Thus, in a case in which a defendant is charged with third degree resisting arrest, a jury must be instructed that using or threatening to use "physical force or violence" means conduct which creates or threatens to create a substantial risk of causing physical injury to the public servant or another. "Physical injury" means bodily injury as defined in N.J.S.A. 2C:11-1a. *fn3


The judge's supplemental instruction to the jury did not include the element of "conduct creating or threatening to create substantial risk of physical injury," thereby improperly relieving the State of its burden to prove, beyond a reasonable doubt, this element of the offense of third degree resisting arrest. Furthermore, by defining "physical force" as "an amount of physical power or strength used against a victim [which need not] entail pain or bodily harm [nor] leave any marks," the jury could have convicted defendant based on patently de minimis conduct, e.g., pulling his arm away in an effort to avoid being handcuffed. A similar outcome is also possible with the definition of "violence" as an "unjust or unwarranted use of force under the circumstances."

In this case, the jury was confronted with conflicting accounts of the encounter between defendant and the police. Defendant testified to passively submitting to unprovoked and unwarranted violence at the hands of the police. The arresting officer detailed a harrowing and violent altercation in which defendant was, at all times, the implacable aggressor.

From the conflicting testimony, the jury could have found that defendant did use some force in his physical struggle with the police, but not necessarily of such a quality or magnitude that it created a substantial risk of causing physical injury to one or both of the officers. Such a finding would not properly support a conviction of third degree resisting arrest. However, under the supplemental charge given, the jury may have found such force adequate to convict. The State must prove this element beyond a reasonable doubt. The erroneous charge given may have led the jury to a result it might otherwise not have reached, and was thus clearly capable of producing an unjust result. R. 2:10-2; State v. Macon, 57 N.J. 325, 337-38 (1971). The error is therefore harmful and requires reversal.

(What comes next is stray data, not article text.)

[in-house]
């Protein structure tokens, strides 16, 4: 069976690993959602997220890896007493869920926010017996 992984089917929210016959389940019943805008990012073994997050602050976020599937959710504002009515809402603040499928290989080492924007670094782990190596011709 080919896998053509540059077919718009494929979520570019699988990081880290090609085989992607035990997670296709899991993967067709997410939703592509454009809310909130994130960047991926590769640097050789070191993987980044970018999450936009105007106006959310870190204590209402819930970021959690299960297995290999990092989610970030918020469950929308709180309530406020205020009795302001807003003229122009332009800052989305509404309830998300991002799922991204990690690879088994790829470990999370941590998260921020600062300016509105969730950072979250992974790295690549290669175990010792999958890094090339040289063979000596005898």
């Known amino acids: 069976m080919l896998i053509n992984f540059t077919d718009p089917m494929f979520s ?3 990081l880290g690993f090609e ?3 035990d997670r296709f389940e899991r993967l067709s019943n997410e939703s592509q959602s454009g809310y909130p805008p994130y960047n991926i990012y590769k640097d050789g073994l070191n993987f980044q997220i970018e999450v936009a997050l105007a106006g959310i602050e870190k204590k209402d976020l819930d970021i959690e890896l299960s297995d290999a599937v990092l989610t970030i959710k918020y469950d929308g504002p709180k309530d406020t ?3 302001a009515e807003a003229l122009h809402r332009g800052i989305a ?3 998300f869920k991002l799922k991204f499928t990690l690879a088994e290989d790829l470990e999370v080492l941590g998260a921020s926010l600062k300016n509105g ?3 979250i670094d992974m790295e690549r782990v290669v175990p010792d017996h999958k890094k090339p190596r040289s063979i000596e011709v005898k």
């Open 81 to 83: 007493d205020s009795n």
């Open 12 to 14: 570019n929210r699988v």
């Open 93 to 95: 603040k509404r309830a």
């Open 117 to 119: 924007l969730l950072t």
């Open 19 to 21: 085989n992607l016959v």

In criminal cases, erroneous jury instructions are presumed to be reversible error, and are thus poor candidates for rehabilitation under the concept of harmless error. State v. Diaz, 144 N.J. 628, 641 (1996); State v. Simon, 79 N.J. 191, 206 (1979); State v. Clausell, 121 N.J. 298, 317 (1990); State v. Olivera, 344 N.J. Super. 583, 590 (App. Div. 2001); State v. Worthy, 329 N.J. Super. 109, 116 (2000).

Our conclusion that the erroneous instruction cannot be disregarded as harmless is bolstered by the jury's acquittal on the two aggravated assault counts, thus finding that defendant did not cause or attempt to cause bodily injury to either officer. While this is not dispositive of the third degree charge, it supports our conclusion that the error was harmful.

We reverse defendant's conviction of third degree resisting arrest and remand the matter for a new trial on that count. In all other respects, defendant's judgment of conviction remains in effect. In light of our disposition, we do not address defendant's sentencing argument. In the event the State chooses to forgo retrial on the third degree resisting arrest count, it may request the trial court to "unmerge" and reinstate defendant's conviction of fourth degree resisting arrest by flight and sentence defendant on that count. State v. Pennington, 273 N.J. Super. 289, 295 (App. Div.), certif. denied, 137 N.J. 313 (1994).

Reversed and remanded only with respect to third degree resisting arrest.